Oh, heck. Why not just have Bill Clinton back?

The President
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The Independent US

The Palestinian leader, Yasser Arafat, arrived in Washington yesterday for talks with the President of the United States. The Israeli prime minister, Ehud Barak, is expected at the end of the week. Bill Clinton is embarking on another emergency mission to bring peace to the war-racked Middle East. But no one notices.

The Palestinian leader, Yasser Arafat, arrived in Washington yesterday for talks with the President of the United States. The Israeli prime minister, Ehud Barak, is expected at the end of the week. Bill Clinton is embarking on another emergency mission to bring peace to the war-racked Middle East. But no one notices.

Washington DC, frenetic focus of global power, the most competitive political capital of all, finds itself suddenly the quiet centre of its own madly turning world. The place is on hold, waiting, watching, whispering, to know who its next suzerain will be. The city towards which the rest of the world gravitates for political solidity is hollow. Power has fled Washington. Capitol Hill is deserted; Congress is in a special election recess, returning to complete its term's business in a week; but few are confident it will.

The President is commuting between his house in New York and the White House, trying to give the impression that there is a steady, and neutral, hand on the ship of state's tiller, but watching and waiting like everyone else. "I'm a fascinated observer," he said this week, "just like the rest of you."

With his Vice-President, Al Gore, and the governor of Texas, George W Bush, trading opaque lines of the Constitution in their quest to succeed him, Mr Clinton was preparing to host a glittering banquet to commemorate that world-famous symbol of presidential authority - the White House, whose 200th anniversary fell last week.

It was a terrible irony of fate that among the invited guests were three of the four past living Presidents: Gerald Ford, Jimmy Carter - and George Bush, who is reliving his own electoral fight against Mr Clinton eight years on through his eldest son. The other two past denizens of the White House accepted invitations to stay overnight. Mr Bush declined, saying he had "scheduling conflicts".

There was a question yesterday whether he might not bow out altogether, the etiquette of such an occasion being as far beyond precedent as everything else. If - as is reliably reported - the atmosphere between Al and George W is just a mite tetchy - imagine the table conversation between George Snr and Bill.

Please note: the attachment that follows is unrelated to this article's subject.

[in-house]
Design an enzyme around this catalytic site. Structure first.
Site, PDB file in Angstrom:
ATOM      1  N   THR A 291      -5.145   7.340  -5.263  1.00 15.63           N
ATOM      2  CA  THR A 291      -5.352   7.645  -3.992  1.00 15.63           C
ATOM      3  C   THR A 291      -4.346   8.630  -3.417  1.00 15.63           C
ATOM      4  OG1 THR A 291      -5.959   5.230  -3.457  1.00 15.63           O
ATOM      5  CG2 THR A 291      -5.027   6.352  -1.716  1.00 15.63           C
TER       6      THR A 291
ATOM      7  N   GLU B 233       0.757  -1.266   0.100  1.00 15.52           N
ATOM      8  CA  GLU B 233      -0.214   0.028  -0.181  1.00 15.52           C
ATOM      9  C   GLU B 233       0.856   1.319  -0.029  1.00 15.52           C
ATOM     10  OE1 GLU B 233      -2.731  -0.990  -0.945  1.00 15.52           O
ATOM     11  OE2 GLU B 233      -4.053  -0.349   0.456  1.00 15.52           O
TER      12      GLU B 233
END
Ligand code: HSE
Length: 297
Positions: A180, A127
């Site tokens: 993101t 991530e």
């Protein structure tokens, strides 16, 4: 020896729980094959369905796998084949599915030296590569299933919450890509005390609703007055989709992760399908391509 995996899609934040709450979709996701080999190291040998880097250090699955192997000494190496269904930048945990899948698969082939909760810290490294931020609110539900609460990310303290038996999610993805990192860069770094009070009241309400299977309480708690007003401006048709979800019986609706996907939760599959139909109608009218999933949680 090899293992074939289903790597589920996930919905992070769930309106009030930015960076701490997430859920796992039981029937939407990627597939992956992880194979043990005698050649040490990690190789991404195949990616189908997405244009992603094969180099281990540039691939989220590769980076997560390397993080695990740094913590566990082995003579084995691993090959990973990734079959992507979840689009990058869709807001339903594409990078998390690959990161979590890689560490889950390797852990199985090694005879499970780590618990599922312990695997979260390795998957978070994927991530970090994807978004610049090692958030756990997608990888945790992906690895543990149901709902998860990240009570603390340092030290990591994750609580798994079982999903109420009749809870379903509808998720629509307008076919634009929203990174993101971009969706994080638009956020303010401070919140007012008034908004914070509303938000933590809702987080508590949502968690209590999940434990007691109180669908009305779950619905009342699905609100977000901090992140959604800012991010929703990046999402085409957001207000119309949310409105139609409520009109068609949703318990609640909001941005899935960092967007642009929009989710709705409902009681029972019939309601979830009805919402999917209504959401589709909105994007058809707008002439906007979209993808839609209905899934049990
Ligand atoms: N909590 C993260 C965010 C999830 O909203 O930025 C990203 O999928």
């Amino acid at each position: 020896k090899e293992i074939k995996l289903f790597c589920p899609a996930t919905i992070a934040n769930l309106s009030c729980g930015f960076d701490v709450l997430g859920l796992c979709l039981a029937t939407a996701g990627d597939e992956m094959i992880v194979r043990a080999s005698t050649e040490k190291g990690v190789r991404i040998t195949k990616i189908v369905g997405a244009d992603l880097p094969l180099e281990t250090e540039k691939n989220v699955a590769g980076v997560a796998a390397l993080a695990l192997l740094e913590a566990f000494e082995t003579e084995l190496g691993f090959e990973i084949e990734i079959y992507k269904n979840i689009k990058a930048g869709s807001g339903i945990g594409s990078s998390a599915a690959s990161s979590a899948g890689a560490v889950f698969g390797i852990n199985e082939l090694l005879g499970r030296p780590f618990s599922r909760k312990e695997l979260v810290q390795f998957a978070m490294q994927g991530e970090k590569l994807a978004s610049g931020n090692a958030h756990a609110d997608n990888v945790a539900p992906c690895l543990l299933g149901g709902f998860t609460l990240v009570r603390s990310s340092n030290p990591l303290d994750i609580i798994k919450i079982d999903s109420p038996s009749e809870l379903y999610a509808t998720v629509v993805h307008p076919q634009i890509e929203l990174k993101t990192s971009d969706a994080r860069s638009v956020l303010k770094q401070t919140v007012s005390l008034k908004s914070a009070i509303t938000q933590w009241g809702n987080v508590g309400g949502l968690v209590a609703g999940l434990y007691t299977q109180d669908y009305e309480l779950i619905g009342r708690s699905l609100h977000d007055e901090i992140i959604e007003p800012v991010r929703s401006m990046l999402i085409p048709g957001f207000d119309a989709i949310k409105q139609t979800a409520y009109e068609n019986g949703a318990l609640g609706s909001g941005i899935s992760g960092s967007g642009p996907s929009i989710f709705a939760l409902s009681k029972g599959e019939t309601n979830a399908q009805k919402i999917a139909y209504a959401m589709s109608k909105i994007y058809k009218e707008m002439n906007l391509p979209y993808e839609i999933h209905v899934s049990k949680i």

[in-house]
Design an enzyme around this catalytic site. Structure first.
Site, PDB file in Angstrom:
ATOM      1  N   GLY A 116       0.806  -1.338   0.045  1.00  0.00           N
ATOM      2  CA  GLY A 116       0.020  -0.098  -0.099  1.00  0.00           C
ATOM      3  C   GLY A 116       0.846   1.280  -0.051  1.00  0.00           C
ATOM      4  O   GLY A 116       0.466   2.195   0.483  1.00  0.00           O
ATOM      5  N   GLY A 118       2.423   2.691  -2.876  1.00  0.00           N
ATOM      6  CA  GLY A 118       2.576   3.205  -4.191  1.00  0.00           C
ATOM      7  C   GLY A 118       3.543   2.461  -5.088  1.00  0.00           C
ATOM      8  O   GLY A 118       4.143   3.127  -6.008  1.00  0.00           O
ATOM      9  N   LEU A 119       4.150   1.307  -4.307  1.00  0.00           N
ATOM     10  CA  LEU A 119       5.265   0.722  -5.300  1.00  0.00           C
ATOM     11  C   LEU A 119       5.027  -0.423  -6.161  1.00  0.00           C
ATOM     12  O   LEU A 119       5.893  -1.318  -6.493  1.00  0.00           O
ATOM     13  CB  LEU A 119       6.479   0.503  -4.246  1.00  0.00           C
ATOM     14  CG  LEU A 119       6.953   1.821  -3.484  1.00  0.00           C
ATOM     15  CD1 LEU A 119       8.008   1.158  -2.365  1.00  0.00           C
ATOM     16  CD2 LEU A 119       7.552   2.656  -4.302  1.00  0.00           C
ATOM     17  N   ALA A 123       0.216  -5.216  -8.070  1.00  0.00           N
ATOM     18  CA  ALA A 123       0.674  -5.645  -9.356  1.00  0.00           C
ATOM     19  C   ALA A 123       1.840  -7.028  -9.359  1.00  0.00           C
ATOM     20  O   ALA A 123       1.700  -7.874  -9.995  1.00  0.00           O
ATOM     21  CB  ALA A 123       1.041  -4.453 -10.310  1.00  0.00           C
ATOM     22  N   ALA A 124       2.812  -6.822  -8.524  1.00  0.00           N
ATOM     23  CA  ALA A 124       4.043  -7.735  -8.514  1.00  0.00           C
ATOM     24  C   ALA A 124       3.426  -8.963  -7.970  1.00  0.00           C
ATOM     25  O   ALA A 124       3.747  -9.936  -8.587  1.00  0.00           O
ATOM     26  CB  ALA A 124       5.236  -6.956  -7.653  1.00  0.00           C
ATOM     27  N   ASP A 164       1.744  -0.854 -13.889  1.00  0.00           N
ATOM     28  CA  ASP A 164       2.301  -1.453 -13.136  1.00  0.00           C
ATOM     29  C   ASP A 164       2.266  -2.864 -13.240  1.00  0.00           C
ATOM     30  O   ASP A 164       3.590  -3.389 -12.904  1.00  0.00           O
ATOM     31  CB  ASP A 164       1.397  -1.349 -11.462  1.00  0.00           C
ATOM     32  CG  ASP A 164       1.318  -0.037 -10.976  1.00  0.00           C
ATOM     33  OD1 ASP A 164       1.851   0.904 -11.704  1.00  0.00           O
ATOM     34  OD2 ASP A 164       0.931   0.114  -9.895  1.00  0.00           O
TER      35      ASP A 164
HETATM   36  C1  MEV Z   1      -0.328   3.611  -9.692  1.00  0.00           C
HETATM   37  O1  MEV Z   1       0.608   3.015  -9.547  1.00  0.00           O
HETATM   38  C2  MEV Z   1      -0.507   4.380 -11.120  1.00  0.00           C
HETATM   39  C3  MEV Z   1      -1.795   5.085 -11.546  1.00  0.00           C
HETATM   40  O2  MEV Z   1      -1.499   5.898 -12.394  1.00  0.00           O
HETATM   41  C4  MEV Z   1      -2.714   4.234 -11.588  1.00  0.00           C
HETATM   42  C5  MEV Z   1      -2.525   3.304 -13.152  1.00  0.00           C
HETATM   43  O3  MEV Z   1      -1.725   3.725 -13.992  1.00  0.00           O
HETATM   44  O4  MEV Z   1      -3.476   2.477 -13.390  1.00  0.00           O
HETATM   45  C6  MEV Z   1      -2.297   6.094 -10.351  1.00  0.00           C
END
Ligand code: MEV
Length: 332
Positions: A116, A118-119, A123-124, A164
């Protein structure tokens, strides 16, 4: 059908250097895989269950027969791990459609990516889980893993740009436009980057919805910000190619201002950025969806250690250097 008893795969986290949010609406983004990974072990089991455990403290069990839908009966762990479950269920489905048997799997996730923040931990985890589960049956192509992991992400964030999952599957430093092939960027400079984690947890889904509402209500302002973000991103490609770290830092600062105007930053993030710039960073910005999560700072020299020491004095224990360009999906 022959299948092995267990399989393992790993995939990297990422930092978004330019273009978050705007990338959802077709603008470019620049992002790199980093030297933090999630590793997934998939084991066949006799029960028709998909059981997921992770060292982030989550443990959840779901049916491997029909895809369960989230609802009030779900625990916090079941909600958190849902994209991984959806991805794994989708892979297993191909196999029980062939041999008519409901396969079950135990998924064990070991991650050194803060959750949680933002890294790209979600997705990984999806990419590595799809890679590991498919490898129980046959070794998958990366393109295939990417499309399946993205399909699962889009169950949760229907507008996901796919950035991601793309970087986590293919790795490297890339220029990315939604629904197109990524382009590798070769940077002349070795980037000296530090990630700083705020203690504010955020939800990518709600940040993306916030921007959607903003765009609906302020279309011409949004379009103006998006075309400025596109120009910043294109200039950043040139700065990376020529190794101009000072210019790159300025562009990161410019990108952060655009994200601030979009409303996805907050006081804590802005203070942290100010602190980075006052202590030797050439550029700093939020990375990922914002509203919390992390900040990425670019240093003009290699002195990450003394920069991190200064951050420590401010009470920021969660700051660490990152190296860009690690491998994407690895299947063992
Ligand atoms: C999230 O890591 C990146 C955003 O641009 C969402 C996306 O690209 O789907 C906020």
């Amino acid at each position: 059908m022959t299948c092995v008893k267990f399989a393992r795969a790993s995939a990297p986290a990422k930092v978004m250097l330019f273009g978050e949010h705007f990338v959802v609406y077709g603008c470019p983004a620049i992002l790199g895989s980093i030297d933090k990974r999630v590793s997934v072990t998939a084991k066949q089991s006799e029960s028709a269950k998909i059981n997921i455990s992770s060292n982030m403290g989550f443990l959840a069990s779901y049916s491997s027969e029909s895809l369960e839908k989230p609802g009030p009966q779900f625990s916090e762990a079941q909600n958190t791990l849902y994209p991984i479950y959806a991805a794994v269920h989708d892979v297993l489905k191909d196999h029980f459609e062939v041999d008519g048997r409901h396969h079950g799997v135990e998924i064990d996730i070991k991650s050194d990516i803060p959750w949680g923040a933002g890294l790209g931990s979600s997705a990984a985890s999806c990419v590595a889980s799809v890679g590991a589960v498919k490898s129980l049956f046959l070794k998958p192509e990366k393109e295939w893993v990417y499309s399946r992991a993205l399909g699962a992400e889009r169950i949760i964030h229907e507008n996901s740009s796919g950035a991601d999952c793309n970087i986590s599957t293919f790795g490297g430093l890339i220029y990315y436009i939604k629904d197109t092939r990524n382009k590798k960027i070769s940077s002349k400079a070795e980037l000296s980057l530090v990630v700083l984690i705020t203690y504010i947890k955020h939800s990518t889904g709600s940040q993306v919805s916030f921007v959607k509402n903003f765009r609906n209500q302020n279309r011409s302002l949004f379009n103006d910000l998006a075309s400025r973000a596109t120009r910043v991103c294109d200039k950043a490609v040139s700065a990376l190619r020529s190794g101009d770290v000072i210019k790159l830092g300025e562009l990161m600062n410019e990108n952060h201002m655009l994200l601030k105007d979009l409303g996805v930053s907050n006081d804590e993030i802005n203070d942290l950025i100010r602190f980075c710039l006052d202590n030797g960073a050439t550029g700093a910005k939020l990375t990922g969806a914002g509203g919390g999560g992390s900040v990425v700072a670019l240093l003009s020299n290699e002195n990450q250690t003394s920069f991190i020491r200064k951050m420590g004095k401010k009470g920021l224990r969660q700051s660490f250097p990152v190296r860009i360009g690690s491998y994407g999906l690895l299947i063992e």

With Capitol Hill and the White House effectively in suspension, so too were all the institutions that attend them: the congressional offices, the lobbyists, the think-tankers, the legion of lawyers.

"'All over federal Washington," said Ken Ringle of The Washington Post, "people have been telling their spouses, their lovers, their children and their creditors that nothing can be dealt with until after the election. Except now that election may never end."

One lobbyist said she could not pretend it was business as usual in this post-election hiatus. "Time has stopped until this thing is resolved."

Among the subventions in limbo was the National Budget, temporarily renewed until after the election. As of now, the whole federal government is operating on borrowed time. Where is it now? employees asked plaintively.

In the streets, the usually rushing hordes displayed an unaccustomed interest in the newspaper boxes, searching intently - and in vain - for what Americans like to call "closure".

"Bush barely ahead of Gore in Florida" ( The New York Times), "Nation Braces for a Long Count" ( The Washington Post), "Bush-Gore Cliffhanger" ( USA Today), "Bush, Gore, a Nation Waits" ( Baltimore Sun), and, horror of all horrors, the New York Post's "We've Just Begun".

Not just in Washington, but in Nashville and Austin, the so-called "Plum Book" of political appointments was pored over by current staff and campaign workers seeking their first or next perch on the political ladder. But their heart was not in it. How can you compete for that next rung, if you have no confidence that it is "your guy" who is riding to power?

The only people fully occupied and confident of their immediate job prospects were those fine-print masters, the Constitutional historians and lawyers. Already fat from the proceeds of Monica Lewinsky and impeachment, how could they have dreamt that their services would be at a premium again so soon?

Welcome back to the small screen, Jonathan Turley of George Washington University, Doris Kearns Goodwin, historian, and all those bottle-blonde former prosecutors who lined up for and against Mr Clinton.

How the "Big Guy" must be smiling. The New York Times columnist, Maureen Dowd, was far from alone when she mused aloud: "Oh, heck - let's just keep President Clinton."

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